To get a sense of the crayfish’s alcohol tolerance, the researchers examined their behavior in three different concentrations of alcohol. The highest concentration was equivalent to the alcohol content of a beer, the second half that, and the lowest concentration came close to a kombucha. In the most potent treatment, tail-flipping occurred on average 20 minutes after the start of the bath, and about double that time in medium treatment, and a little over twice that in the lowest treatment. Similarly, the onset of the more advanced drunkenness (i.e. the rollover) was observed an average of thirty-five minutes after exposure for the highest concentration, and twice that for the medium. Interestingly nine out of the fifteen individuals subjected to the lowest alcohol concentration exhibited no tail flipping over the three-hour duration of the experiment, while only three of the fifteen adopted the rolled over position at that concentration. In other words, not all crayfish exhibited the same alcohol tolerance.

Having demonstrated the basal alcohol tolerance of the crayfish, the researchers began to explore the effects of social history on variability in alcohol tolerance. They now subjected a cohort of crayfish to solitary confinement to simulate the effect of social isolation. Nineteen individuals of comparable size were chosen to either subside in the party tank, or to swim solo for a week. Following the de-socialization period, the crayfish were treated to a well-deserved beer bath. Excitingly, the researchers observed a ten-minute delay in the onset of tail-flipping for the isolated population with respect to their communal counterparts who never knew loneliness. Despite the fact these crayfish had been reared communally in the company of fifty to one hundred siblings, the period of isolation left its mark with an apparent increase in alcohol tolerance.

Now that the researchers had pinned down the social effects of alcohol consumption, they wanted to dig a little bit deeper and look at what the underlying cause might be for the change in alcohol tolerance. Based on the prior study of the nerves involved in triggering the tail-flipping behavior in crayfish, the researchers chose to investigate the relationship of the “excitation potential”, the threshold electrical electrical charge required elicit the response of tail-flipping, and alcohol tolerance in socialized versus de-socialized crayfish. To do this they inserted wires into the abdomens of cohorts of eleven socialized and de-socialized crayfish in ‘beer’ baths that allowed to deliver an electrical shock to their nervous systems. The animals were subjected to  shocks below and above the threshold potential in intervals of two minutes over the course of two hours. In order to ensure that any changes observed were due to the alcohol treatment, and not due to the repeated pulsing, the crayfish were only exposed to alcohol during the second hour of pulsing. Correspondingly, the changes excitation potential observed for both groups of animals were not substantially altered in the first hour. However, during the hour in which the crayfish were wallowing in alcohol, the researchers observed a reduction in threshold potential for both groups. However, that reduction occurred more quickly, and was much more pronounced in the socialized animals in comparison to their ex-compatriots. Hence, the result at the level of the nervous system mirrored the observed behavioral differences in social versus isolated animals.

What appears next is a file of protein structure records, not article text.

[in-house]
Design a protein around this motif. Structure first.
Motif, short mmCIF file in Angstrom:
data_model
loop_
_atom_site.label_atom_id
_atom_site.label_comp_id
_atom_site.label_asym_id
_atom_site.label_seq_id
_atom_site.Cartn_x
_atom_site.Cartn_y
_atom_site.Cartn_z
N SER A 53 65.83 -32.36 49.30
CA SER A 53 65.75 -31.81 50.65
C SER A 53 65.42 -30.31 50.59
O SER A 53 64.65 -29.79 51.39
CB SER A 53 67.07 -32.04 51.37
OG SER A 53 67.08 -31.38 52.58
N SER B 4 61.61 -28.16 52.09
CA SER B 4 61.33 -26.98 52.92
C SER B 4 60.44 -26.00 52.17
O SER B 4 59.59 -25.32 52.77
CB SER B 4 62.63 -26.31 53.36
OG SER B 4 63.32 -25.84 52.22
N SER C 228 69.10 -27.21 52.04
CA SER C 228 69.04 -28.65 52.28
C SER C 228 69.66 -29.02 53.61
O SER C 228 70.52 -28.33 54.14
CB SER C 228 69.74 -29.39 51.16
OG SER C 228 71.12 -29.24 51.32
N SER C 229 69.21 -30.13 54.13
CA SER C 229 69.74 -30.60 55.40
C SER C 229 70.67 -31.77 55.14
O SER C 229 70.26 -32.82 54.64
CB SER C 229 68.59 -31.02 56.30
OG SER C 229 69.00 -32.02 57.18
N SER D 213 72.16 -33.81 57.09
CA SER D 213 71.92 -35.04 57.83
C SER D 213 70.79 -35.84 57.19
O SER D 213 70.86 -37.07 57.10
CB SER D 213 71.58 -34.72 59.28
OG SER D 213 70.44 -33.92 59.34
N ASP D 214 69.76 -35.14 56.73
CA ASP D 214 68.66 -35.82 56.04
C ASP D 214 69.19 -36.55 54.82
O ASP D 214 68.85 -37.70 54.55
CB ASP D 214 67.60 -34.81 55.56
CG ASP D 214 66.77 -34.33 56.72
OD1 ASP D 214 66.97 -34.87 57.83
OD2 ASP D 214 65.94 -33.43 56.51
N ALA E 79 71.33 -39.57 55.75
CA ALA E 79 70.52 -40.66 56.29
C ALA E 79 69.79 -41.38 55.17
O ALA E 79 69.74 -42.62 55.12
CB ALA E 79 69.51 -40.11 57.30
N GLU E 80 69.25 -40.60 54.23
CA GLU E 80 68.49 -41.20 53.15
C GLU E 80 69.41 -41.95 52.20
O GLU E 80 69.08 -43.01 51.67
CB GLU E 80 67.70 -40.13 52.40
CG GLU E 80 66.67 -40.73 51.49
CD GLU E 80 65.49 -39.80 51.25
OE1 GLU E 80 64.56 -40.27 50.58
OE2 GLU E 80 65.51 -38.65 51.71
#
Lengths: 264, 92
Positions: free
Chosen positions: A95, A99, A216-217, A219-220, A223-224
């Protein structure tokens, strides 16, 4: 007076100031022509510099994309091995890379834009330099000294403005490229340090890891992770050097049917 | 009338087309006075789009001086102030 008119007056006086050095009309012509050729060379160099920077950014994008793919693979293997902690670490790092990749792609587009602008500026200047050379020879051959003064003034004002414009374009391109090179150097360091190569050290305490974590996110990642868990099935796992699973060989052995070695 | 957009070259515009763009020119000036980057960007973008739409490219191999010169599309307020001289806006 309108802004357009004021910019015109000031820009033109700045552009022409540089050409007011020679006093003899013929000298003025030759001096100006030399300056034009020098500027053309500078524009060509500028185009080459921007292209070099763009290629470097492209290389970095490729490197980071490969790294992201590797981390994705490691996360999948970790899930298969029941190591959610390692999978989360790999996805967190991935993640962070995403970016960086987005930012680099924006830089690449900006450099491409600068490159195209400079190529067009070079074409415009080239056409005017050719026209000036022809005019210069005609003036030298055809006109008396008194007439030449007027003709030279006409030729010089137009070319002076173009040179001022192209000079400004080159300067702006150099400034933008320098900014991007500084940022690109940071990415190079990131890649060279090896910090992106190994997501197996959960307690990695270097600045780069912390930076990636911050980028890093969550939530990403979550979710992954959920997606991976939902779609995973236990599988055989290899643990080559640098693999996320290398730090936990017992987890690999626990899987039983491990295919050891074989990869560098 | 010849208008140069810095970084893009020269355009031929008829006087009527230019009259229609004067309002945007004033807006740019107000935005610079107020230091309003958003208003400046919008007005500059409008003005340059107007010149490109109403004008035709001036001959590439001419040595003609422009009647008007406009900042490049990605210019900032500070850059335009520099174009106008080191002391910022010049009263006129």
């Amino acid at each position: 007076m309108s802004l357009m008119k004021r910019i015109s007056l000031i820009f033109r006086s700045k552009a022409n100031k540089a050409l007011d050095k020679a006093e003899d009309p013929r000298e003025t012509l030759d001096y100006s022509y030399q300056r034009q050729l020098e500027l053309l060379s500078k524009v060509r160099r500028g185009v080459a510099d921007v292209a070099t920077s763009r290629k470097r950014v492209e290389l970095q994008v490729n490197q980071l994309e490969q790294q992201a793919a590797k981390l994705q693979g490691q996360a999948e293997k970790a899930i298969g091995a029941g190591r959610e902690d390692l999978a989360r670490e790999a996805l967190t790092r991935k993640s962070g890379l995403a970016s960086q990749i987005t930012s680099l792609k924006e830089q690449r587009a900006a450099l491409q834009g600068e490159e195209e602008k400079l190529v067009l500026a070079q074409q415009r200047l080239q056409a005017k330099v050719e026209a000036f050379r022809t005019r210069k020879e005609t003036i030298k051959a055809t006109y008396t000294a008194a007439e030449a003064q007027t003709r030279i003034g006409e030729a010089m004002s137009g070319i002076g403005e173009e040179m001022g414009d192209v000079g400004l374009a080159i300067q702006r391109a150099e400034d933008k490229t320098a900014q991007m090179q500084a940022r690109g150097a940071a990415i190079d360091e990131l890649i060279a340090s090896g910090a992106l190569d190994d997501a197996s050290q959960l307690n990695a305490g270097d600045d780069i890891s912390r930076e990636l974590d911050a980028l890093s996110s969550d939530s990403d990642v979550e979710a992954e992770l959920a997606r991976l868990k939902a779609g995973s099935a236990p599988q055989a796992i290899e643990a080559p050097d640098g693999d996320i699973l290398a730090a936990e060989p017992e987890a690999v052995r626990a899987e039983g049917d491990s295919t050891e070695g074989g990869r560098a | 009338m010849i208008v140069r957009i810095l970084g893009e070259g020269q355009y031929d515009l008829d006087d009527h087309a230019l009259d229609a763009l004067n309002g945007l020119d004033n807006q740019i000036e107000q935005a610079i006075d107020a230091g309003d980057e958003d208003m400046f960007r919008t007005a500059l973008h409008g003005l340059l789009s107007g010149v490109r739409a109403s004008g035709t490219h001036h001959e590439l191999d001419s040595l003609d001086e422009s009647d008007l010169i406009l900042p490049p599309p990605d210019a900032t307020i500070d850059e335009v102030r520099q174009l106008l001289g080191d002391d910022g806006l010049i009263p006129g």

Having shown that the effects of social history could be translated to the level of the nervous system, Swierzbinski and colleagues next aimed to show that their observations could be attributed to a single neuron cell by inserting electrodes with surgical precision in the lateral giant interneuron, the central nerve the controls abdominal motion in invertebrates like crayfish. This time the crayfish were pinned down in petri dish (i.e. not allowed to swim freely). Rather than placing the specimens in an alcohol bath, the nerve cells were directly infused with low and high concentrations of alcohol chosen to mimic the anticipated internal alcohol levels of animals exposed to kambucha-like and beer-like levels of alcohol, respectively. They next pulsed an electrical voltage slightly below the threshold required to elicit tail-flipping in sober animals. For the lower alcohol concentration, the results at the single neuron level again mirrored the system-level experiment, with just under eighty percent of socialized animals brought to threshold in contrast to a little over half of the de-socialized animals following suit.

Lastly, the researchers wanted to know whether the change in nerve cells was due to a local effect on the cells themselves, or whether the effect occurred as a result of changes to the brain. Hence, they detached the tails from the crayfish, and repeated the same experiment as before on the dismembered details. This time they observed no difference in tail-flipping between the socialized and de-socialized animals. Hence, they concluded that “descending inputs” from the brain likely have something to do with the social history effect on alcohol tolerance.

The findings Swierzbinski and co-workers demonstrate that crayfish subjected to isolation exhibit increased tolerance to alcohol than their social counterparts. While they rightly hesitate to directly translate their findings to humans, the results of the study provide the first hints of a physical change underlying the effects of social history on alcohol consumption—a giant leap toward understanding the effects of social structures on substance abuse.